• The last one is absorption followed by emission. These are actually two different process happening in sequence, but we can differentiate it from scattering. There's usually a 'big' time delay between absorption and emission compared to just scattering, and that can be measured. So schematically, we have to draw two different events, remembering that there is an interval of time between them $$\text{1 photon} + \text{electron in state 1} \to 0 \text{ photons} + \text{electron in state 2}$$ $$\text{0 photons} + \text{electron in state 2} \to 1 \text{ photon (different direction)} + \text{electron in state 1}$$

I'm not an expert. And you only need to be aware of the reactions your class or test is concerned with. But:

1. Strictly speaking, electrons aren't the only particles that can interact with light. :) Any charged particle can interact. There are also articles describing photon interactions with uncharged particles, such as neutrons or other photons, but I'm not sure if that is significant, or even possible, in the visible light range. And some nuclear reactions produce photons, though I'm not sure if any are in the visible light range. Perhaps the reverse reactions can absorb light?

2. Electron band states, which encompass more than one atom or molecule in a cooperative state, also interact with light. That's fascinating. For example, pure quartz crystal is transparent to visible light, because the absorption and emission lines are outside the visible light range. But if you add certain impurities, even by, say, a part per billion, that can shift the energy levels, and the corresponding lines, of an entire crystal, or of a significant portion of it, by a lot, creating colored quartz crystal - and the color depends on the amount, not just the type, of impurity. (The effect isn't limited to quartz, by the way.) A photon can interact with such an altered band state even if it comes nowhere near an impurity atom, because an impurity atom alters the way all or many of the other atoms in the crystal interact with their electrons, and, in a sense, some of the electrons can be viewed as shared throughout some or all of the crystal. And the photon can sometimes somehow be absorbed by the entire crystal, rather than one atom or molecule. Similar effects are very important to solid state electronics. E.g., there are devices which absorb or emit photons while shifting an electron from a region with one band state energy level, to a region with another band state energy level.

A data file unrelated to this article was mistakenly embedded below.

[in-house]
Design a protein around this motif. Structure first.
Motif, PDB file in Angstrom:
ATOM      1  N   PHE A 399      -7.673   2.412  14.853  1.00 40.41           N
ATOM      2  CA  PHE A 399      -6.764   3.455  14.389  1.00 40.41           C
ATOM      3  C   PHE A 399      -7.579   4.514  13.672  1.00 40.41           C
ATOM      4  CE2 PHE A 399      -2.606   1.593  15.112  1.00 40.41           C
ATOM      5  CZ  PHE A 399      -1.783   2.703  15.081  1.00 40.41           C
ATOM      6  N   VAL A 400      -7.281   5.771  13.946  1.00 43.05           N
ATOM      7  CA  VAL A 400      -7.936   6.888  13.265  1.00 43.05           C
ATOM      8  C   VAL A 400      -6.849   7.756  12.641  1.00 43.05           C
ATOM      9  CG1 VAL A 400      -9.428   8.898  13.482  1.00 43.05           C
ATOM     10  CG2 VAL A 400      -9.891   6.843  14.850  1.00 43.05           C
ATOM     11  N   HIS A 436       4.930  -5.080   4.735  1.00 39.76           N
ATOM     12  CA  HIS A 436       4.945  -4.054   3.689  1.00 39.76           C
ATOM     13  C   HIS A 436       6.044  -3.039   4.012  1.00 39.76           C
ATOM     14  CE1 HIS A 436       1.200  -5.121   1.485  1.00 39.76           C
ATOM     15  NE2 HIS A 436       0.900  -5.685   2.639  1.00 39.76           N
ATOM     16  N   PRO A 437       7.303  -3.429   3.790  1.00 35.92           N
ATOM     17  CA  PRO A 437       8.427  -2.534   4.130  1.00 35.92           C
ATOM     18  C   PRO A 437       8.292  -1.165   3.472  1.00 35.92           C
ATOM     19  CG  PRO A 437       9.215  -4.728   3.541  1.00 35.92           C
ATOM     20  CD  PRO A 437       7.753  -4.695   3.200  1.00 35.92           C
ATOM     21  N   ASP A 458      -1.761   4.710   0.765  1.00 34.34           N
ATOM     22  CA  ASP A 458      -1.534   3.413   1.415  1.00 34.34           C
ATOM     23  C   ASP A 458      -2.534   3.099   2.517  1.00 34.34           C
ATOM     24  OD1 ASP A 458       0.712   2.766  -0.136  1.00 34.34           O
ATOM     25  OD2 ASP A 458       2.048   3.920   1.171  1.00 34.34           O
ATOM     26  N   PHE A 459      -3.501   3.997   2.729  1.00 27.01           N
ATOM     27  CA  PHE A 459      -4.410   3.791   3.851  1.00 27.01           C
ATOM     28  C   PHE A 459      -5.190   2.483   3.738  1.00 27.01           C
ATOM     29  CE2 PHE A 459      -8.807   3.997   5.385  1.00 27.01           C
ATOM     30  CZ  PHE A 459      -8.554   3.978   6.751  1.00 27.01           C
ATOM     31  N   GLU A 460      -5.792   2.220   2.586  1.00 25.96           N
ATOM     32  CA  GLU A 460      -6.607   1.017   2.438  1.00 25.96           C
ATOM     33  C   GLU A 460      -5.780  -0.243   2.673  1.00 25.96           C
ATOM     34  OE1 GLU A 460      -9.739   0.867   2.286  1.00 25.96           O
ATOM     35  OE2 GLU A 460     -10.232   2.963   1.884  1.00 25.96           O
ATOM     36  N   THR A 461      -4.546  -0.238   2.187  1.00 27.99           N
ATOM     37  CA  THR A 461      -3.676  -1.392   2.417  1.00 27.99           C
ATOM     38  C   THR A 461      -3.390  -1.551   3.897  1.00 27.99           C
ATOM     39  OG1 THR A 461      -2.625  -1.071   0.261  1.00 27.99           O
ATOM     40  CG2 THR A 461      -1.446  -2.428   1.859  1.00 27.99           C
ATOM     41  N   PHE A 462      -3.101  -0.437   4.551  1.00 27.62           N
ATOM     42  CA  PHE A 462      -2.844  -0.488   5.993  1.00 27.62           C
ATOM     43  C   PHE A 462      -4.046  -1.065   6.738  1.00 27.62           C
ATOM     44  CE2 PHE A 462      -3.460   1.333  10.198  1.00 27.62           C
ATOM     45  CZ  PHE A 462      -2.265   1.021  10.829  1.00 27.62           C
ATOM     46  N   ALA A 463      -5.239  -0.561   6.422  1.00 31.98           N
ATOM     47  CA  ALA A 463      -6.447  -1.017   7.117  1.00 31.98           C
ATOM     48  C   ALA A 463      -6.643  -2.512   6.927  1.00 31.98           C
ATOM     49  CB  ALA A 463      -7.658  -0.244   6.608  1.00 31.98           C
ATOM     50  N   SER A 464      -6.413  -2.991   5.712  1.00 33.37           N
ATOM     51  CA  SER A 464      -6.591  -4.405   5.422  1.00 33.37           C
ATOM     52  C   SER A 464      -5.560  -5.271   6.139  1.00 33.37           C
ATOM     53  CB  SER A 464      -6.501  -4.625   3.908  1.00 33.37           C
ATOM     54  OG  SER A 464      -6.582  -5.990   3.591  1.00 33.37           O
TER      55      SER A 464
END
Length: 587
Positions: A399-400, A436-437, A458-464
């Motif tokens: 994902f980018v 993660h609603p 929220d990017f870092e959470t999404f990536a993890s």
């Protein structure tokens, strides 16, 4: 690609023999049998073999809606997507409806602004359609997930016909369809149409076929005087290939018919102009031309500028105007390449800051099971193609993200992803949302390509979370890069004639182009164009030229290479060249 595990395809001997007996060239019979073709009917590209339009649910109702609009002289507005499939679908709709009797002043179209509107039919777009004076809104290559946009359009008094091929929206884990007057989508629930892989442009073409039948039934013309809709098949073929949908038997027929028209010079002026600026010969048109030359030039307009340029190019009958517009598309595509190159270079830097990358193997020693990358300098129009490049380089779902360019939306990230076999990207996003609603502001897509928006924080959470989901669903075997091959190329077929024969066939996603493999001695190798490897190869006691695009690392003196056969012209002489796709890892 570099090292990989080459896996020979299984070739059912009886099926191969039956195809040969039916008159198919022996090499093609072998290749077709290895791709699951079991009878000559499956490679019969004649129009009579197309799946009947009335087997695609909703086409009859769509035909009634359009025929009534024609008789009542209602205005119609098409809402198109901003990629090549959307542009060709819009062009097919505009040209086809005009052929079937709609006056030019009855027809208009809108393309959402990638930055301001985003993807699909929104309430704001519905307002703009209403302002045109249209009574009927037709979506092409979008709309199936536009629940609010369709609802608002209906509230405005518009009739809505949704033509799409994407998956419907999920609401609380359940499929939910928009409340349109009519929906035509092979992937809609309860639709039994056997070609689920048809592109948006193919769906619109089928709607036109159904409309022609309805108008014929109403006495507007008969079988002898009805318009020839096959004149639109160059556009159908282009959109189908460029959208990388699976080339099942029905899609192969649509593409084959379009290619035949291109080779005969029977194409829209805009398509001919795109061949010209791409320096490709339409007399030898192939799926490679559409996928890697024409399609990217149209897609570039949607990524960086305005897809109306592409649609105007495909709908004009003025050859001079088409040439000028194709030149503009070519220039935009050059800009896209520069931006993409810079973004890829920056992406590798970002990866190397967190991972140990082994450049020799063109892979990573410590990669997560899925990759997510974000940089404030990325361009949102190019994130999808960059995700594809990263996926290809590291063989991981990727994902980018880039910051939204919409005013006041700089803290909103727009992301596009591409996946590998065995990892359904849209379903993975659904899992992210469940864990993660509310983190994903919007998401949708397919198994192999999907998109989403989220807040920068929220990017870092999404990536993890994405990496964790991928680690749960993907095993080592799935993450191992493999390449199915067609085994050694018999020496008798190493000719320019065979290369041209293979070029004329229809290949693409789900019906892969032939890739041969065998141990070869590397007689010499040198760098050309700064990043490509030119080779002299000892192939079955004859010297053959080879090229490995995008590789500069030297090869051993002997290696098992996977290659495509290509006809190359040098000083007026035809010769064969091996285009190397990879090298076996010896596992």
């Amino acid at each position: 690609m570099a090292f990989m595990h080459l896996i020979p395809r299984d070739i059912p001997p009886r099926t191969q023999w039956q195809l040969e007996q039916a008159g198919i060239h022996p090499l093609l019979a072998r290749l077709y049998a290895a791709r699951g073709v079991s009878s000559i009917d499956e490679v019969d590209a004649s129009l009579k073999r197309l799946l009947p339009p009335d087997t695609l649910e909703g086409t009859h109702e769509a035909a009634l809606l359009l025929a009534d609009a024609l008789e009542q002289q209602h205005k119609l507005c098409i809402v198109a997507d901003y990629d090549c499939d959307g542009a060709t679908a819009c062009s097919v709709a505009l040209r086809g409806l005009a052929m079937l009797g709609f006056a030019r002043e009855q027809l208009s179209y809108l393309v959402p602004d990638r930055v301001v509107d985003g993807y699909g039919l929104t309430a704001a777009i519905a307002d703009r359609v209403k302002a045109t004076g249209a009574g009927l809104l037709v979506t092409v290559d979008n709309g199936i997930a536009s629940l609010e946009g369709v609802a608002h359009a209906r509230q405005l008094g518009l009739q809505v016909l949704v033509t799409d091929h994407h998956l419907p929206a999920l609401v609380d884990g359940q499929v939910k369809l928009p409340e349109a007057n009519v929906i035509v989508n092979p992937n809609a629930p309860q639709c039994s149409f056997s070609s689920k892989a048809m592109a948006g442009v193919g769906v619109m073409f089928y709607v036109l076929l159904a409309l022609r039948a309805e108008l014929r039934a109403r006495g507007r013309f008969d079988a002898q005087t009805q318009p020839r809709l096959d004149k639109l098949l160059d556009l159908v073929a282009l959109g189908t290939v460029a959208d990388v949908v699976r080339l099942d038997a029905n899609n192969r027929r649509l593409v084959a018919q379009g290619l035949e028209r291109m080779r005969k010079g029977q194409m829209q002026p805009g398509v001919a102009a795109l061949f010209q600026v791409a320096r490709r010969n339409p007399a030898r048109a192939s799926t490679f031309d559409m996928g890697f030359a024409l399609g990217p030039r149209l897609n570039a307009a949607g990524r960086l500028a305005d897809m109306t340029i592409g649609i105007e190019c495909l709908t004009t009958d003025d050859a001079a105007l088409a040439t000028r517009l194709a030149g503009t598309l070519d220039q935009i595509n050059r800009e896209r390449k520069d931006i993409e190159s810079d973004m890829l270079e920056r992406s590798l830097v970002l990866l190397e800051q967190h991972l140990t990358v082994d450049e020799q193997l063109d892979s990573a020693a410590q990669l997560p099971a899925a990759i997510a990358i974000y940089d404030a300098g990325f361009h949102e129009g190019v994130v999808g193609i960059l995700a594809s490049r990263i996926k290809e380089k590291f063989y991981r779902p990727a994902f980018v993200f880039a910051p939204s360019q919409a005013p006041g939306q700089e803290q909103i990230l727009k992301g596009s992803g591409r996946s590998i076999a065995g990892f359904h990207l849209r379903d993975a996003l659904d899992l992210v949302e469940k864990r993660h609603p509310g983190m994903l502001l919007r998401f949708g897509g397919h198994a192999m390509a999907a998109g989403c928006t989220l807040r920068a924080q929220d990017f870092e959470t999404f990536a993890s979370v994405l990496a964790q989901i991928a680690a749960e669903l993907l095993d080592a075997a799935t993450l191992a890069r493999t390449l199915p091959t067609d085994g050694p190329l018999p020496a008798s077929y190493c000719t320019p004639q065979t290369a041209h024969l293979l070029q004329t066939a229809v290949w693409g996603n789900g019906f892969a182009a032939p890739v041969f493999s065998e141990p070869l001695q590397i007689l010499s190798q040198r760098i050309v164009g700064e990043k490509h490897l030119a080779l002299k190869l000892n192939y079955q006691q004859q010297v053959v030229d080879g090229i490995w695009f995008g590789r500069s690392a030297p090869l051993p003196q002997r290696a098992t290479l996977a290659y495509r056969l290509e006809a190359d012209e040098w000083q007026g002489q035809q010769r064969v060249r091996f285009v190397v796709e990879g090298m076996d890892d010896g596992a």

3. In addition to bound states, electrons can transition to and from "free" states, with fairly arbitrary energies of motion. E.g., a photon can free an electron from its atom or molecule or ion (the photoelectric effect).

4. This is beyond my full understanding, but photons can be absorbed into and create moleculer vibrations, and crystal vibrations (phonons). I'm not sure if that always has to be initiated by a different type of absorption or scattering, or if it can occur on its own.

5. Also - beyond my understanding, I think a photon can be absorbed or created in a chemical reaction, by means other than interaction with just the electrons.

6. Again, beyond my understanding, I think some materials can split a photon into a differently polarized pair (or triplit) of photons. I'm not certain I understand that, or have it right. Perhaps they only split beams of photons with mixed polarization into separate beams?

7. I'm sure there are many other reactions I haven't thought of, or am unaware of.

BUT - in a low level physics course, you might only study the simple absorption of a single photon by a single atom. The real world is always much more complex than any simple (or, usually, advanced) textbook - but for a given class (or test), you only need the version of the truth that the teacher (or test) expects you to learn. That can vary from text to text, class to class, and teacher to teacher.

Many teachers are happy to explain what they want you to learn, if you meet them after class or within their official visiting hours.